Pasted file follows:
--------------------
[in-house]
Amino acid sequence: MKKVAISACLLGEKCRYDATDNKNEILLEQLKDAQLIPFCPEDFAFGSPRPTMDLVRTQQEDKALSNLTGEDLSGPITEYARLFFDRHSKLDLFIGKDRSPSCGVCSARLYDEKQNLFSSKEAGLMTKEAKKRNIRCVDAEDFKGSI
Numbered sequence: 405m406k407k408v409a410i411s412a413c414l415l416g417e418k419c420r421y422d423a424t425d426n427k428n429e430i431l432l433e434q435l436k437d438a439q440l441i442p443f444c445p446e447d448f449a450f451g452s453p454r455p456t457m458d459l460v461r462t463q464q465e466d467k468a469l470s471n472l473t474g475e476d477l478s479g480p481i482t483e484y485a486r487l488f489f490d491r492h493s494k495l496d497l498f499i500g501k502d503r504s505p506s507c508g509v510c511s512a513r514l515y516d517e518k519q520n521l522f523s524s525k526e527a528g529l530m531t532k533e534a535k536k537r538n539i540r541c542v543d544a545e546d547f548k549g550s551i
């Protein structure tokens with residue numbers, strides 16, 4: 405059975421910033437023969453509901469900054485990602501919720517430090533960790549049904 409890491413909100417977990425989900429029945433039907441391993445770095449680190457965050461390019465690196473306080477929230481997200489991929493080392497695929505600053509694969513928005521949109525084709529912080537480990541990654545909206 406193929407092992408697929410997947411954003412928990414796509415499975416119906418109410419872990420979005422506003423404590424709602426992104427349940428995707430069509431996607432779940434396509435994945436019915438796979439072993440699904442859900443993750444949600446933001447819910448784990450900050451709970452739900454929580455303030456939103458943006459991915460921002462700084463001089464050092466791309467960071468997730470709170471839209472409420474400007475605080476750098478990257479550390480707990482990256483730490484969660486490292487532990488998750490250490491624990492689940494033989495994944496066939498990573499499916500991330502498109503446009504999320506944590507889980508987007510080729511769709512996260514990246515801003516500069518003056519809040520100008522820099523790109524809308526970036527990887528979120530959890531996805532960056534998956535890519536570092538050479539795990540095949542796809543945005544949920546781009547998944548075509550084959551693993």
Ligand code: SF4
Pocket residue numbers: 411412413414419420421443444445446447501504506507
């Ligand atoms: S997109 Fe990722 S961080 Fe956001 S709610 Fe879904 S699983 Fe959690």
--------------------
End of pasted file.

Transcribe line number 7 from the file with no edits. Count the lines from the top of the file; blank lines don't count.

């Ligand atoms: S997109 Fe990722 S961080 Fe956001 S709610 Fe879904 S699983 Fe959690």